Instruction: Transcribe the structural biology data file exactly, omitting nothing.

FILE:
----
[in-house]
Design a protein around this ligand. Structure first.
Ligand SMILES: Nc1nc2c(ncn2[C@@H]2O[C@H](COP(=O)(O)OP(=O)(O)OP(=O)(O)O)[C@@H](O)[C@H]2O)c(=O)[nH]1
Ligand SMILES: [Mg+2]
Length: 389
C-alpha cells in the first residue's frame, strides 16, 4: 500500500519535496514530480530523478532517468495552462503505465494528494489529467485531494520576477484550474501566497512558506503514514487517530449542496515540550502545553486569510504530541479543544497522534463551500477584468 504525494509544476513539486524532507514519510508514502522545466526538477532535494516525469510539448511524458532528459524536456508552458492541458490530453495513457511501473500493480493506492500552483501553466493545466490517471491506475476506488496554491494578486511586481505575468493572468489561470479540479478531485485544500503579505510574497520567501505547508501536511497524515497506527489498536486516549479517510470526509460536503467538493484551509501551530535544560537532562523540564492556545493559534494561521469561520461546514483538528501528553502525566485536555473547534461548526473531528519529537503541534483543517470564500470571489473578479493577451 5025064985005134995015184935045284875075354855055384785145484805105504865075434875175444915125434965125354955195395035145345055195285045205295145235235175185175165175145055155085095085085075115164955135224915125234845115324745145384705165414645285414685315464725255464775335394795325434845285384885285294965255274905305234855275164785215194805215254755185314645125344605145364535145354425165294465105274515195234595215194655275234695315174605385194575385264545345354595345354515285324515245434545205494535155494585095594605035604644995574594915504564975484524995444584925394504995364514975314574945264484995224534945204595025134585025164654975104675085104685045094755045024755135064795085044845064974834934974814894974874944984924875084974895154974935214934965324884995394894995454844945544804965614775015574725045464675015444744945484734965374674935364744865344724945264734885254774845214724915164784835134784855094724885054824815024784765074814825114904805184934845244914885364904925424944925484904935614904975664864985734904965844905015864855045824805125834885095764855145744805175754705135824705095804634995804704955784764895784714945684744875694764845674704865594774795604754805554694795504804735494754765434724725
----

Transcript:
[in-house]
Design a protein around this ligand. Structure first.
Ligand SMILES: Nc1nc2c(ncn2[C@@H]2O[C@H](COP(=O)(O)OP(=O)(O)OP(=O)(O)O)[C@@H](O)[C@H]2O)c(=O)[nH]1
Ligand SMILES: [Mg+2]
Length: 389
C-alpha cells in the first residue's frame, strides 16, 4: 500500500519535496514530480530523478532517468495552462503505465494528494489529467485531494520576477484550474501566497512558506503514514487517530449542496515540550502545553486569510504530541479543544497522534463551500477584468 504525494509544476513539486524532507514519510508514502522545466526538477532535494516525469510539448511524458532528459524536456508552458492541458490530453495513457511501473500493480493506492500552483501553466493545466490517471491506475476506488496554491494578486511586481505575468493572468489561470479540479478531485485544500503579505510574497520567501505547508501536511497524515497506527489498536486516549479517510470526509460536503467538493484551509501551530535544560537532562523540564492556545493559534494561521469561520461546514483538528501528553502525566485536555473547534461548526473531528519529537503541534483543517470564500470571489473578479493577451 5025064985005134995015184935045284875075354855055384785145484805105504865075434875175444915125434965125354955195395035145345055195285045205295145235235175185175165175145055155085095085085075115164955135224915125234845115324745145384705165414645285414685315464725255464775335394795325434845285384885285294965255274905305234855275164785215194805215254755185314645125344605145364535145354425165294465105274515195234595215194655275234695315174605385194575385264545345354595345354515285324515245434545205494535155494585095594605035604644995574594915504564975484524995444584925394504995364514975314574945264484995224534945204595025134585025164654975104675085104685045094755045024755135064795085044845064974834934974814894974874944984924875084974895154974935214934965324884995394894995454844945544804965614775015574725045464675015444744945484734965374674935364744865344724945264734885254774845214724915164784835134784855094724885054824815024784765074814825114904805184934845244914885364904925424944925484904935614904975664864985734904965844905015864855045824805125834885095764855145744805175754705135824705095804634995804704955784764895784714945684744875694764845674704865594774795604754805554694795504804735494754765434724725